elevate

adjective
el·​e·​vate | \ ˈe-lə-ˌvāt , -vət\

Definition of elevate

 (Entry 1 of 2)

archaic

elevate

verb
el·​e·​vate | \ ˈe-lə-ˌvāt \
elevated; elevating

Definition of elevate (Entry 2 of 2)

transitive verb

1 : to lift up or make higher : raise elevate a patient's leg exercises that elevate the heart rate
2 : to raise in rank or status was elevated to chairman
3 : to improve morally, intellectually, or culturally great books that both entertain and elevate their readers
4 : to raise the spirits of : elate

intransitive verb

: to become elevated : rise his voice elevated to a shout

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Synonyms & Antonyms for elevate

Synonyms: Verb

elate, enrapture, exhilarate, intoxicate, transport

Antonyms: Verb

depress

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Choose the Right Synonym for elevate

Verb

lift, raise, rear, elevate, hoist, heave, boost mean to move from a lower to a higher place or position. lift usually implies exerting effort to overcome resistance of weight. lift the chair while I vacuum raise carries a stronger implication of bringing up to the vertical or to a high position. scouts raising a flagpole rear may add an element of suddenness to raise. suddenly reared itself up on its hind legs elevate may replace lift or raise especially when exalting or enhancing is implied. elevated the taste of the public hoist implies lifting something heavy especially by mechanical means. hoisted the cargo on board heave implies lifting and throwing with great effort or strain. heaved the heavy crate inside boost suggests assisting to climb or advance by a push. boosted his brother over the fence

Examples of elevate in a Sentence

Verb

exercises that elevate the heart rate seeing their son ordained as a priest was one of the most elevating moments in their lives

Recent Examples on the Web: Verb

Emily wore the simple-yet-versatile wardrobe staple as a mini dress and elevated the look with minimal jewelry. Nicole Saunders, Harper's BAZAAR, "Kendall Jenner and Emily Ratajkowski Are Style Twins in Matching Black Turtlenecks at the Same Basketball Game," 25 Jan. 2019 Actor Colman Domingo opens up about smashing through tired tropes and elevating the work of James Baldwin. Joelle Monique, Teen Vogue, ""If Beale Street Could Talk" Highlights the Power of Love in a World Designed for Black People to Fail," 9 Jan. 2019 And the experience of getting to learn about McLauchlin’s fascinating life story and work are nothing short of soul-elevating. Jaimie Potters, ELLE Decor, "A Design Lover's Guide to Visiting San Miguel de Allende," 7 Jan. 2019 Our heroine is Cassandra Price, a brilliant mess of a human being eking out an existence at a megacorporation that her father’s work helped elevate into one of the most lucrative companies in the world. Laura Hudson, The Verge, "Zoe Quinn’s Goddess Mode makes cyberpunk magic from the internet," 27 Dec. 2018 While denim was certainly an unorthodox choice, it was instantly elevated thanks to her fitted Chanel cardigan and super luxe accessories, namely a simple black belt furnished with the house’s double-C hardware and a pair of gold booties. Liana Satenstein, Vogue, "This French Actress Gives the Front Row Dress Code a Radical Makeover at Chanel’s Couture Show in Paris," 22 Jan. 2019 Most are dirt, and the ones near the river—just like the homes—are elevated 10 to 20 feet to accommodate seasonal flooding. Eric Bellman, WSJ, "Amazon, to Win in Booming Rural India, Reinvents Itself," 31 Dec. 2018 Garland was appointed to the powerful federal appeals court in the District of Columbia by former President Bill Clinton, a Democrat, in 1997; he was elevated to chief judge of the court in 2013. Kaitlyn Schallhorn, Fox News, "Kavanaugh praises Merrick Garland, Obama's Supreme Court pick, during hearing: 'He's a great judge'," 6 Sep. 2018 And the building will be elevated three feet above the sidewalk. New York Times, "New Buildings Rise in Flood Zones," 6 July 2018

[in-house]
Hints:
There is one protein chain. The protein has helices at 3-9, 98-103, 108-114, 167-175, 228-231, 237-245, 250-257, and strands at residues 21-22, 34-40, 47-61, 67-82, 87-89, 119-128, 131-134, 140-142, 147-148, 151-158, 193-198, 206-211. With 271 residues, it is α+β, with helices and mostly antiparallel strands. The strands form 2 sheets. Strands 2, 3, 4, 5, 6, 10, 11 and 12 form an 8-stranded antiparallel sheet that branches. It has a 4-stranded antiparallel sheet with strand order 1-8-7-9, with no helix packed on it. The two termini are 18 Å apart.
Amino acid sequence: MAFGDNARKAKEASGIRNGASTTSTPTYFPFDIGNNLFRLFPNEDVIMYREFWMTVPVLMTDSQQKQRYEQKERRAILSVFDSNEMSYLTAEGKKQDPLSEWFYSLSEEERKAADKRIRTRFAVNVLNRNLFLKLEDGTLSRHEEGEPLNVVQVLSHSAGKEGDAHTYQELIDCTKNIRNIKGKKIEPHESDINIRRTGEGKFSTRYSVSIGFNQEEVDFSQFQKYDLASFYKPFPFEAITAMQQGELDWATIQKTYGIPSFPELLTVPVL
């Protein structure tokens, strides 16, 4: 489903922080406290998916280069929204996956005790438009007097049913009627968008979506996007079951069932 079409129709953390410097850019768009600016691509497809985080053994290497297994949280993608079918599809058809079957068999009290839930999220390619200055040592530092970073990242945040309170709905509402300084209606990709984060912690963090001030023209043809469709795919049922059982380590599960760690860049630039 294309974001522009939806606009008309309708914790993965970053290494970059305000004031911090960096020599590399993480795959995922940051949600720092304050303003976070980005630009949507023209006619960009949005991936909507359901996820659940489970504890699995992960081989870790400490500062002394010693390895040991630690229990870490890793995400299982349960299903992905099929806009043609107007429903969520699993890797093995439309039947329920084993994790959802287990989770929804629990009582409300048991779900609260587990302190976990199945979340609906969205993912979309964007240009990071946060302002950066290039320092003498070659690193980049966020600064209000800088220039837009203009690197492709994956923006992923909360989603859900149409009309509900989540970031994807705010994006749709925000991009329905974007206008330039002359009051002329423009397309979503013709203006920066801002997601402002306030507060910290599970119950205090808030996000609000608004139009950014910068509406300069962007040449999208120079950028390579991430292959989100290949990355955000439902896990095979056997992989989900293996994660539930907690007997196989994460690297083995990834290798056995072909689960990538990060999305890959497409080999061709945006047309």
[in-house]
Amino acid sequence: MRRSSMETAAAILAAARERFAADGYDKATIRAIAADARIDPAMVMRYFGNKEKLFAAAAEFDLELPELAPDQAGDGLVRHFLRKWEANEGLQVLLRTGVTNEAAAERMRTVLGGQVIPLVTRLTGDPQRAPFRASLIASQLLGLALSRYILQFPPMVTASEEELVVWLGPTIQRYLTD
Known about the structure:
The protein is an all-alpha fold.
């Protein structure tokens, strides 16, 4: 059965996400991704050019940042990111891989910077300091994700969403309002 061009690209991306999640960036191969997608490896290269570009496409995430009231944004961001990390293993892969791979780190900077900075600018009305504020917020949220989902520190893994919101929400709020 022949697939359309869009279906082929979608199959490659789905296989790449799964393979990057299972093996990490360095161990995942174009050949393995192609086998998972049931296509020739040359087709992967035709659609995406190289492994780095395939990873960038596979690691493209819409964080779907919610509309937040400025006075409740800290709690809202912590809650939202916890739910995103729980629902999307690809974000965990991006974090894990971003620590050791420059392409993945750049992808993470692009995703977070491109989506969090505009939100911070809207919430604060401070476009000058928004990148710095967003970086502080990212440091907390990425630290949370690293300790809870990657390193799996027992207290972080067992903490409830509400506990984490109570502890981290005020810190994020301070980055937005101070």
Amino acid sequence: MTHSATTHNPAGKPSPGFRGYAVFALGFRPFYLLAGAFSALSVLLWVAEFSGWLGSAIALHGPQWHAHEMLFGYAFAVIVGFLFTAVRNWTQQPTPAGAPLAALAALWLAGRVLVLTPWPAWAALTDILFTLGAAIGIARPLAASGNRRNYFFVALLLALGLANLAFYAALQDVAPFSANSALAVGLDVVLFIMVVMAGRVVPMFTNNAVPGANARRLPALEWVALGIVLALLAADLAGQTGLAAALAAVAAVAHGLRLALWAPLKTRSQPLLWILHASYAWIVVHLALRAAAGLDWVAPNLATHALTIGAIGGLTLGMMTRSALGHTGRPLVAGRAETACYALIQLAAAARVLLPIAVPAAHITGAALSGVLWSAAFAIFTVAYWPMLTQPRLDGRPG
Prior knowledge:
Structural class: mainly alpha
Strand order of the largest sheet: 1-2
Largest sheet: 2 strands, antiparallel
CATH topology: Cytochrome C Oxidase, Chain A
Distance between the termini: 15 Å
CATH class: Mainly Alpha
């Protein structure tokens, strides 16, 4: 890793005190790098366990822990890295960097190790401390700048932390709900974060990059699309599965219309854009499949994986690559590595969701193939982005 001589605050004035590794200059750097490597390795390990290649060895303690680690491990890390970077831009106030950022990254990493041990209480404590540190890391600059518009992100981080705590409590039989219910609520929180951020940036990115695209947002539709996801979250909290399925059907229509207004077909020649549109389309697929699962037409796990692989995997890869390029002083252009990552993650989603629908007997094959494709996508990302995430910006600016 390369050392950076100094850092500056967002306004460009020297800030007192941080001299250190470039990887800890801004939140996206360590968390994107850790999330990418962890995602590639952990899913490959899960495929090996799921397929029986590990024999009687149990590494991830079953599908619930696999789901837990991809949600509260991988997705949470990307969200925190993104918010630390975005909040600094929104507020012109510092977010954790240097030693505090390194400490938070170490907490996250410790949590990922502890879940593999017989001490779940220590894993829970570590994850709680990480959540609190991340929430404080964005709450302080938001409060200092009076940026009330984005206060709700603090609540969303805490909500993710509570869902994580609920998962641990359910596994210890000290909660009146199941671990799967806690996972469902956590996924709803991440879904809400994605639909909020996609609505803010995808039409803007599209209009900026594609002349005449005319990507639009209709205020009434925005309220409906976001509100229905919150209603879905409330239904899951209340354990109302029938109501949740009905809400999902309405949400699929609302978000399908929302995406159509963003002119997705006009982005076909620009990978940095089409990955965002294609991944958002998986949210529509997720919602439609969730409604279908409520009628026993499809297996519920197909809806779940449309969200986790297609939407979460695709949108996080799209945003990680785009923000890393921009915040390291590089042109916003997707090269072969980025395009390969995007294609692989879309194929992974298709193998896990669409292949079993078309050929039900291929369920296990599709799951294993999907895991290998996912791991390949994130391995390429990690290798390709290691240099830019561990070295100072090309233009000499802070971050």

These example sentences are selected automatically from various online news sources to reflect current usage of the word 'elevate.' Views expressed in the examples do not represent the opinion of Merriam-Webster or its editors. Send us feedback.

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First Known Use of elevate

Adjective

14th century, in the meaning defined above

Verb

15th century, in the meaning defined at transitive sense 1

History and Etymology for elevate

Verb

Middle English, from Latin elevatus, past participle of elevare, from e- + levare to raise — more at lever

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Statistics for elevate

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Time Traveler for elevate

The first known use of elevate was in the 14th century

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More Definitions for elevate

elevate

verb

English Language Learners Definition of elevate

: to lift (something) up
: to increase the level of (something) : to make (something) higher
: to raise (someone) to a higher rank or level

elevate

verb
el·​e·​vate | \ ˈe-lə-ˌvāt \
elevated; elevating

Kids Definition of elevate

: to lift up : raise

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More from Merriam-Webster on elevate

Rhyming Dictionary: Words that rhyme with elevate

Thesaurus: All synonyms and antonyms for elevate

Spanish Central: Translation of elevate

Nglish: Translation of elevate for Spanish Speakers

Britannica English: Translation of elevate for Arabic Speakers

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